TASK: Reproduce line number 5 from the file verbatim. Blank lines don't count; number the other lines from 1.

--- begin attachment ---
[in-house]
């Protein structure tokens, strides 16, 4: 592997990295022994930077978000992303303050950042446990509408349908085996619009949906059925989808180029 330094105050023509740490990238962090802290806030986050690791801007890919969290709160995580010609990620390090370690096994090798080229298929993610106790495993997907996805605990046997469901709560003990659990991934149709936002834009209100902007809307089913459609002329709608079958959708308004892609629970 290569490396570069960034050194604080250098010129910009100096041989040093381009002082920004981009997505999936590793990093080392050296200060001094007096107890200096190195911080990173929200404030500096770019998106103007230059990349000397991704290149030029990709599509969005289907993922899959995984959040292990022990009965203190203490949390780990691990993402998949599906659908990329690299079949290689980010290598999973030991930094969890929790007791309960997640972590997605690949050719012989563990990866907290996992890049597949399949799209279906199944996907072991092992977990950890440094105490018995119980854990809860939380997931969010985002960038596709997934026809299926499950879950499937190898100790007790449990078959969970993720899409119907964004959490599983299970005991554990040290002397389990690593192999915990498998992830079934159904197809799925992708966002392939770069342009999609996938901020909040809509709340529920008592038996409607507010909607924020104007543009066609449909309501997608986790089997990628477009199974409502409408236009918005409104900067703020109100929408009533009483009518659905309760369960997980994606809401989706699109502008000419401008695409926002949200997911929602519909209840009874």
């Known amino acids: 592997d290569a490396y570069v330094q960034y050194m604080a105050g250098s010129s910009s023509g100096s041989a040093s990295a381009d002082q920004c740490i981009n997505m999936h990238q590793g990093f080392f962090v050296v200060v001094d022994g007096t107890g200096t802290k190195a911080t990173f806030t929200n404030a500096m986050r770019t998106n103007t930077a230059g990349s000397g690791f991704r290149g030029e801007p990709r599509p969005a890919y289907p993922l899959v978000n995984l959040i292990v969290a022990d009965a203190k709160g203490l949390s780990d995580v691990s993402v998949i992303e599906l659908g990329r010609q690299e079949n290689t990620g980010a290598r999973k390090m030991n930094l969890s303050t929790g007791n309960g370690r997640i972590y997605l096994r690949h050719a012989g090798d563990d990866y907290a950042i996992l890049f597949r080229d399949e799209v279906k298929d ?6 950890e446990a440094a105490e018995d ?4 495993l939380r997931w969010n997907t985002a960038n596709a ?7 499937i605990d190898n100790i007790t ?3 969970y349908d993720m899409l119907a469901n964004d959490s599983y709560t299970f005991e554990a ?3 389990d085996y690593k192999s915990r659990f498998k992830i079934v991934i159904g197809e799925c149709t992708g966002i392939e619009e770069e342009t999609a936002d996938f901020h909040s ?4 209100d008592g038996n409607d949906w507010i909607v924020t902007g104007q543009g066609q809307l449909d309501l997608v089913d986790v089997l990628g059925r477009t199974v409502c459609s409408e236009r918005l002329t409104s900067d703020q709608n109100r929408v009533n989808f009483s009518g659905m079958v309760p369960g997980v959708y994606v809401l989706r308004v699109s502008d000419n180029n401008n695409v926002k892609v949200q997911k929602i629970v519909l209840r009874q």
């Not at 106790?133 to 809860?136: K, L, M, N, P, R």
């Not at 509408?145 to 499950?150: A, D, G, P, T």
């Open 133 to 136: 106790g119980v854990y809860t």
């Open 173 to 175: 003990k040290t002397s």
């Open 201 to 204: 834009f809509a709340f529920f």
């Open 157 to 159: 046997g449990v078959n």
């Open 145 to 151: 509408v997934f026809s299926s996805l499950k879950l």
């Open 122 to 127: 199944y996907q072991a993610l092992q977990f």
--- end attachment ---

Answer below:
């Not at 509408?145 to 499950?150: A, D, G, P, T």